We have said that a charging document is "legally sufficient if it fairly indicates the crime charged; states the essential elements of the alleged crime; and is sufficiently definite to apprise the defendant so that he can prepare his defense to the charge. (citation omitted) The test of * * * sufficiency * * * is whether in a subsequent prosecution for the unlawful act described in the information the defendant could plead the [indictment] as a bar." State v. Suarez, 106 Ariz. 62, 64, 470 P.2d 675, 677 (1970).

The indictment specifically apprised Marquez of the exact crime he was alleged, and eventually proved, to have committed. He had notice of the State's two theories of culpability. The fact that one of the theories was based on additional incriminating evidence discovered after an indictment was filed against him does not invalidate that indictment. Also Marquez' conviction on the charge of violating A.R.S. § 13-1206 would be a bar to further prosecution based upon the facts given in court. See State v. Carrico, 116 Ariz. 547, 570 P.2d 489 (1977); State v. Juarez, 111 Ariz. 119, 524 P.2d 155 (1974). We find no error.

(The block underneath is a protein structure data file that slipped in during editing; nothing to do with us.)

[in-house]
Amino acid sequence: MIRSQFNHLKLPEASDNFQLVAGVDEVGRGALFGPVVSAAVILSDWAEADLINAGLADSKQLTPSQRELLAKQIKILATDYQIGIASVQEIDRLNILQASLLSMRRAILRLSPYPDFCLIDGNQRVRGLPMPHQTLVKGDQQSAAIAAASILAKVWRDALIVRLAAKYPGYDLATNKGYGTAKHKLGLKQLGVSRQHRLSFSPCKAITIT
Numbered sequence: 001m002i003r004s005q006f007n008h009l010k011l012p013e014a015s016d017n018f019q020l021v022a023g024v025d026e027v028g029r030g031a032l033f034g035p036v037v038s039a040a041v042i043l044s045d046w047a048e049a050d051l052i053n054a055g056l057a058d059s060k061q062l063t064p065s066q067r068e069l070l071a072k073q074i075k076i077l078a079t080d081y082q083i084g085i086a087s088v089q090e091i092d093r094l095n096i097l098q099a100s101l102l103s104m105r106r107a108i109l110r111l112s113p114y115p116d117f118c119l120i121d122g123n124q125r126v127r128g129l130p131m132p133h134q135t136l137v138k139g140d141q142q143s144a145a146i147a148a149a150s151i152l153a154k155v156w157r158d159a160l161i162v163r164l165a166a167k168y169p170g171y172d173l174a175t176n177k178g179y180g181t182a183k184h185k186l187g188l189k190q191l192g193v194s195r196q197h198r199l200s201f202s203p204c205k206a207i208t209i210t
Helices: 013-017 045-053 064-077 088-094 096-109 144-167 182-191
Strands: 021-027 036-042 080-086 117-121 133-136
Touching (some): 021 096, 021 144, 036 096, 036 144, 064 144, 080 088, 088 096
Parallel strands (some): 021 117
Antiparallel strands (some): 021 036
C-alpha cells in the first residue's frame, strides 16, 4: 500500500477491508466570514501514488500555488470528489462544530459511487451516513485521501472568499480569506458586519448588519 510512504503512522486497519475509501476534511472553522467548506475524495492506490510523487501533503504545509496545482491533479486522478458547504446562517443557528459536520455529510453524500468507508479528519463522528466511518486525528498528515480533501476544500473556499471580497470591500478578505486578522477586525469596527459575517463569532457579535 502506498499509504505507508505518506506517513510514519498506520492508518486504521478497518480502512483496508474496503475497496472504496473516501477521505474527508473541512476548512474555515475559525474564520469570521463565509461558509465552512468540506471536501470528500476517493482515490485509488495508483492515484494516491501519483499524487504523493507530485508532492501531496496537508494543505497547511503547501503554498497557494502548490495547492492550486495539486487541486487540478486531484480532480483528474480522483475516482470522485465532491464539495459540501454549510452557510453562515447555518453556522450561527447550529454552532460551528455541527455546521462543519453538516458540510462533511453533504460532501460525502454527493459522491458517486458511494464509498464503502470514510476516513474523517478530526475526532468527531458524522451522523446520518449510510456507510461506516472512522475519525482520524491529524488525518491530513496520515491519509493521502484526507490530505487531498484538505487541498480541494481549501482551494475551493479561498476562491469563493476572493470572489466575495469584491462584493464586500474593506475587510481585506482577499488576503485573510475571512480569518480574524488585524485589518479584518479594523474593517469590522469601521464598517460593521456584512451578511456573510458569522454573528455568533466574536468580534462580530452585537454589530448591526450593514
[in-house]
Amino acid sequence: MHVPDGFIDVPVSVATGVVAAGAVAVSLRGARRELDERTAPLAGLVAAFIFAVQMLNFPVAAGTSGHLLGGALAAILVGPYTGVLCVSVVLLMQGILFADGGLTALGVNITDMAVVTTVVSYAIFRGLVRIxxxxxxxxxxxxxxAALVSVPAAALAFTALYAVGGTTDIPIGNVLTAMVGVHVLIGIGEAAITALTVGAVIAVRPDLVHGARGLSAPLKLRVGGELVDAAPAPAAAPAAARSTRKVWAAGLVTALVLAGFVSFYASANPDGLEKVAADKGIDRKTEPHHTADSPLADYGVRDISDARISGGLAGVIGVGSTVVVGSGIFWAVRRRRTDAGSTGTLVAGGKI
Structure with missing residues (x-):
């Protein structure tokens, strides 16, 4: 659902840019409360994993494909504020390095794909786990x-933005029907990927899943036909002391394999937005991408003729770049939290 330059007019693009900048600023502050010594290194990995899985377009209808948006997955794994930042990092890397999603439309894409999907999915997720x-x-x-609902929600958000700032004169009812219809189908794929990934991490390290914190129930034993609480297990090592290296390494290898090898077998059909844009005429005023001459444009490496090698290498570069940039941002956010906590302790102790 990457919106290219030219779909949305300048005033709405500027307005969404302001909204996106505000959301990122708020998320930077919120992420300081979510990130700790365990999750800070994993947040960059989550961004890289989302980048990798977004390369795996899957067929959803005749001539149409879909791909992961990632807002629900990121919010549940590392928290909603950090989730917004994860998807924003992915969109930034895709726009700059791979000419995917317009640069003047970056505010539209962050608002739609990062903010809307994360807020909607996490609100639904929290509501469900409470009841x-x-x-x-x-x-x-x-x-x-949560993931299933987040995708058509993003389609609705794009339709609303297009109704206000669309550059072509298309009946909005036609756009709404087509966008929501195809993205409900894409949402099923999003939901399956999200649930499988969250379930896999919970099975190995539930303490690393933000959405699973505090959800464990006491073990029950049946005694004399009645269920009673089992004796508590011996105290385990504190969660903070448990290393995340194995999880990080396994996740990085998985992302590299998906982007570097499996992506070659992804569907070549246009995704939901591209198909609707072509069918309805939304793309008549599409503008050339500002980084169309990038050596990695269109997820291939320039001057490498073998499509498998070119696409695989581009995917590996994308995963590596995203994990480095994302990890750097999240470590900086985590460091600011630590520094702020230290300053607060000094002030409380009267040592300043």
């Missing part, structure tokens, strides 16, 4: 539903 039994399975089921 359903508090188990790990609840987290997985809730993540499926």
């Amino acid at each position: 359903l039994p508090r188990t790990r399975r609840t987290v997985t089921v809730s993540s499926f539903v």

A.R.S. § 13-1206

The defendant makes several arguments in support of the proposition that A.R.S. § 13-1206, which proscribes dangerous or deadly assaults by prisoners, is unconstitutional. The challenged statute reads as follows:

"Dangerous or deadly assault by prisoner

"A person, while in the custody of the department of corrections, a law enforcement agency or county or city jail, who commits an assault using or exhibiting a deadly weapon or dangerous instrument or who intentionally or knowingly inflicts serious physical injury upon another person is guilty of a felony and upon conviction shall be sentenced to life imprisonment and shall not be eligible for suspension or commutation of sentence, probation, parole or release on any other basis until such person has served not less than twenty-five years. A sentence imposed pursuant to this section shall be consecutive to any other sentence presently being served or imposed upon the defendant."